The billionaire chairman of MGM Resorts’ largest shareholder IAC has expressed doubt that the US casino group’s attempt to take over UK gambling business Entain will succeed, despite his company promising increased investment in MGM as part of the deal.

“It would be great if MGM could do this with Entain but whether it happens or not, I am sceptical and if it doesn’t, I am sanguine. I am absolutely sure we will be in a leadership position whatever,” Barry Diller told the Financial Times.

IAC said on Friday that it would invest an additional $1bn in MGM to fund a cash alternative for Entain shareholders unwilling to accept shares as part of MGM’s all-stock proposal, which values the FTSE 100 owner of the Ladbrokes and Coral brands at about £8bn.

Entain’s board has rejected the proposed offer, arguing that it “significantly undervalues” the business. It also questioned “the strategic rationale” of a merger.

Wes McCoy, investment director at Standard Life Aberdeen, a top-five Entain shareholder, said he backed the board’s stance: “I definitely concur with Entain’s strong response to it . . . We want to see proper value for the fact that Entain is so strong digitally in all its jurisdictions.”

Mr Diller, who launched the Fox television network for Rupert Murdoch before building his own digital media empire, has a history of buying and expanding online businesses through IAC. The company owns more than 30 digital and media brands including and The Daily Beast.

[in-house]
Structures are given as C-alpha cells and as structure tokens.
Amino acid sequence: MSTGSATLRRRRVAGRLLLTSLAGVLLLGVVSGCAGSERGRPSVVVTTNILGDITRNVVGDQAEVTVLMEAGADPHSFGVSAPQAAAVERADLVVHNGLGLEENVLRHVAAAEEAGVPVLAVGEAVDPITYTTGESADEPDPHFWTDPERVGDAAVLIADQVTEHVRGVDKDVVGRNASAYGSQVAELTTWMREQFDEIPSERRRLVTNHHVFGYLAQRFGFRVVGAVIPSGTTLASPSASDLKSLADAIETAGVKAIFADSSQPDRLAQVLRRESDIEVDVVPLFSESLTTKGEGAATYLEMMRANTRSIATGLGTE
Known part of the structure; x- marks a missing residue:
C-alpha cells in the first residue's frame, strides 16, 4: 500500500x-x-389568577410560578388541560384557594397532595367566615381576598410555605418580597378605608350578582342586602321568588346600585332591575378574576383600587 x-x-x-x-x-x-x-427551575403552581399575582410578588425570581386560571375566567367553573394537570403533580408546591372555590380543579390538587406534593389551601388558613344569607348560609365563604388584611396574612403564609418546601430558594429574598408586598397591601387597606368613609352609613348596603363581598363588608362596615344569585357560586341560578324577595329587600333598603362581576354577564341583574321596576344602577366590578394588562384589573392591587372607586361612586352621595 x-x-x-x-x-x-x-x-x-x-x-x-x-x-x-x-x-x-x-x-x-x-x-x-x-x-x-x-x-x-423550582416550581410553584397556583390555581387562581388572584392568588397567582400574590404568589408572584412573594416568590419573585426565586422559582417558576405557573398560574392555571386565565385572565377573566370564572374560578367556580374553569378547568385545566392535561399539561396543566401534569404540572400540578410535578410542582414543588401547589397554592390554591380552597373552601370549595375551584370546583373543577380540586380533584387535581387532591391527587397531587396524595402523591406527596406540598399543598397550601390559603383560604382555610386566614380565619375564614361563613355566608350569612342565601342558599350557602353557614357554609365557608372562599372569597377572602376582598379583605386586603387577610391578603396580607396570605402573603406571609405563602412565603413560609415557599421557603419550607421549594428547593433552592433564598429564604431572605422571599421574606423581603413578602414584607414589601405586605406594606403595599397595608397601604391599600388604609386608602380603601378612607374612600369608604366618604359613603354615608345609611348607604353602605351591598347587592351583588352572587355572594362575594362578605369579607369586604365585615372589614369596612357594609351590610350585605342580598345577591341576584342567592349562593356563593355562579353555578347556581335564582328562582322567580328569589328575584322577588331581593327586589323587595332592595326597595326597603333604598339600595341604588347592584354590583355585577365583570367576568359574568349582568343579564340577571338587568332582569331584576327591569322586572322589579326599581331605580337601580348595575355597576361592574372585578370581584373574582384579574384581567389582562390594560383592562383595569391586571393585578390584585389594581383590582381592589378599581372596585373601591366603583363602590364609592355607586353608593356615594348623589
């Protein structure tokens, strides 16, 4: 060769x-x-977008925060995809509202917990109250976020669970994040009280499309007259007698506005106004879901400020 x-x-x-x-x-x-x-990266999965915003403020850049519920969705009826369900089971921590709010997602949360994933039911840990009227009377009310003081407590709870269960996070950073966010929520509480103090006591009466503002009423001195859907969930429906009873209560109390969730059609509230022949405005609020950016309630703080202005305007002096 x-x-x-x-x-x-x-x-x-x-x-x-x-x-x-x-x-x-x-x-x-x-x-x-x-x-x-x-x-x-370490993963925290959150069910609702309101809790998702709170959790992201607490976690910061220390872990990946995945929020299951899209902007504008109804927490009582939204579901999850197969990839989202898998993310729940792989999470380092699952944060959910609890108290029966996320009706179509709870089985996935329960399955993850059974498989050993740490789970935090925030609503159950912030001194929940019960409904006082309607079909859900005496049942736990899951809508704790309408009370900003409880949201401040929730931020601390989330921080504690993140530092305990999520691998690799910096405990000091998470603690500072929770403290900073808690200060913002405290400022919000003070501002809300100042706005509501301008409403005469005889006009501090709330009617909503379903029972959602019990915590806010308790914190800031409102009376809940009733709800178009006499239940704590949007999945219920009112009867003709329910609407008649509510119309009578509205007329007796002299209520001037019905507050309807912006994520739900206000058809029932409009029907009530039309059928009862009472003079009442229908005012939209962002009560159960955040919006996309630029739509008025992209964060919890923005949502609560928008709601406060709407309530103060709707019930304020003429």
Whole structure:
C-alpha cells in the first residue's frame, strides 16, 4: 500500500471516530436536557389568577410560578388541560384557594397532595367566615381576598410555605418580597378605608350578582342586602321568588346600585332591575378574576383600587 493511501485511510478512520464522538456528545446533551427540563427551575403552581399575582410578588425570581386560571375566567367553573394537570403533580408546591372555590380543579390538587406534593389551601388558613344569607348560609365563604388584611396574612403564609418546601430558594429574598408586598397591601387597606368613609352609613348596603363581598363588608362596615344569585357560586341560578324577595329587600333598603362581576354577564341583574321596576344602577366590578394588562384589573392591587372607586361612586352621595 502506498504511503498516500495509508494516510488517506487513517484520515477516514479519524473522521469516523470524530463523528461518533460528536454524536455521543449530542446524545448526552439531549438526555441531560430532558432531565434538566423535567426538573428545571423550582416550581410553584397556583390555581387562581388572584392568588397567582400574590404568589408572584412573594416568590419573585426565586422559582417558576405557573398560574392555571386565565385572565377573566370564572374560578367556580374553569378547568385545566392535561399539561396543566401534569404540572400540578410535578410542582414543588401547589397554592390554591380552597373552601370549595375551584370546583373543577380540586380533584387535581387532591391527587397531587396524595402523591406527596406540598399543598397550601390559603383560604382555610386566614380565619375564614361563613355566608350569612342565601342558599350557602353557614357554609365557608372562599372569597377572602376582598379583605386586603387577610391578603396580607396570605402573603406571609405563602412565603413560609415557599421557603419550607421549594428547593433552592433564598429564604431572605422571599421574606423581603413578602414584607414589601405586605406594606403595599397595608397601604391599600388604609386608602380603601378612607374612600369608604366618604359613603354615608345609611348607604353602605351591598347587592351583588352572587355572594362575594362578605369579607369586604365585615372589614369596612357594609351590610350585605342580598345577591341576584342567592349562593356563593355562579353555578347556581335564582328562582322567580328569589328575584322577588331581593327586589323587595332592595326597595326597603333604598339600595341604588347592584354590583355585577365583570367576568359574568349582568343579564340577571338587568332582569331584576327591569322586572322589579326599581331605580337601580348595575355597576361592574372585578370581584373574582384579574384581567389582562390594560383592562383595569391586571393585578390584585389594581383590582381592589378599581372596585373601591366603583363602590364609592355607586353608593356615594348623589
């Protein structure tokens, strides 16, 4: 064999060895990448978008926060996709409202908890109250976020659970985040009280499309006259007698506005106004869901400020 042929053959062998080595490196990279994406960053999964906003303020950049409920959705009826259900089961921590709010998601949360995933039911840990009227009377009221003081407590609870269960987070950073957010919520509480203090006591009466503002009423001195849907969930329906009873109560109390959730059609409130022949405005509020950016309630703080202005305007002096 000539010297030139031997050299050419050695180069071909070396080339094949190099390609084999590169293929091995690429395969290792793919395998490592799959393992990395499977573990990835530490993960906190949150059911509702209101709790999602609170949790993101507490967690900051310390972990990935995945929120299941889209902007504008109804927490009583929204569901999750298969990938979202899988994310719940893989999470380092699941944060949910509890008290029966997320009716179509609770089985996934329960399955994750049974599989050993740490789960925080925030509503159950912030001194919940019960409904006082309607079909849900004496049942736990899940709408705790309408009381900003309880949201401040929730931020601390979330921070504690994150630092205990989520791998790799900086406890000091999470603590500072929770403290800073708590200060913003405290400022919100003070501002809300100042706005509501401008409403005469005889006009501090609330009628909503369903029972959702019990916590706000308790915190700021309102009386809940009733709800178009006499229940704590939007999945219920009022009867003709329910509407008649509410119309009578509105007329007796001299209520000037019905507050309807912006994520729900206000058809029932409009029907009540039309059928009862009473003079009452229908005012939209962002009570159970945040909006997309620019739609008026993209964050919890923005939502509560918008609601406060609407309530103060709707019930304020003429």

He said that in an all-stock transaction, public market values of the companies “have to align completely” resulting in a high level of uncertainty around the deal.

But he added: “Anyone who questions the strategic rationale for [merging] these companies is not thinking clearly.”

He pointed to the growth of MGM’s 50/50 joint venture, BetMGM, with Entain to offer sports betting in the rapidly expanding US market and the logic of combining MGM’s brand and casinos with Entain’s online expertise.

He also suggested that MGM could buy Entain’s share of the joint venture should another acquirer for Entain emerge, an option that someone close to the MGM board described as “a poison pill, in a way”, referring to a defence tactic to make targets appear less attractive to other potential buyers.

The loss of the joint venture would deny Entain its foothold in the US, which analysts estimate could become the world’s largest legal gambling market at upwards of $13bn, following the overturning of a federal ban on sports betting in 2018.

Entain’s joint venture with MGM, in which both parties have invested a total of $450m, has yet to turn a profit.

If MGM did move to take control of the joint venture it would follow the precedent of rival casino company Caesars Entertainment, which stipulated as part of its £2.9bn takeover of William Hill that it would cut its US partnership with the UK bookmaker if it accepted a competing offer.

IAC announced last August that it had invested about $1bn building a 12 per cent stake in MGM, stating in a letter to shareholders that “MGM presented a ‘once in a decade’ opportunity for IAC to own a meaningful piece of a pre-eminent brand in a large category with great potential to move online”, despite it being battered by the coronavirus pandemic.

Mr Diller said that, whatever the outcome of the Entain deal, MGM still had many opportunities that its rivals did not given its brand and dominant position in the gambling hub of Las Vegas. “Frankly, if we didn’t [lead the gaming market] given the resources and advantages we would be utter failures,” he said.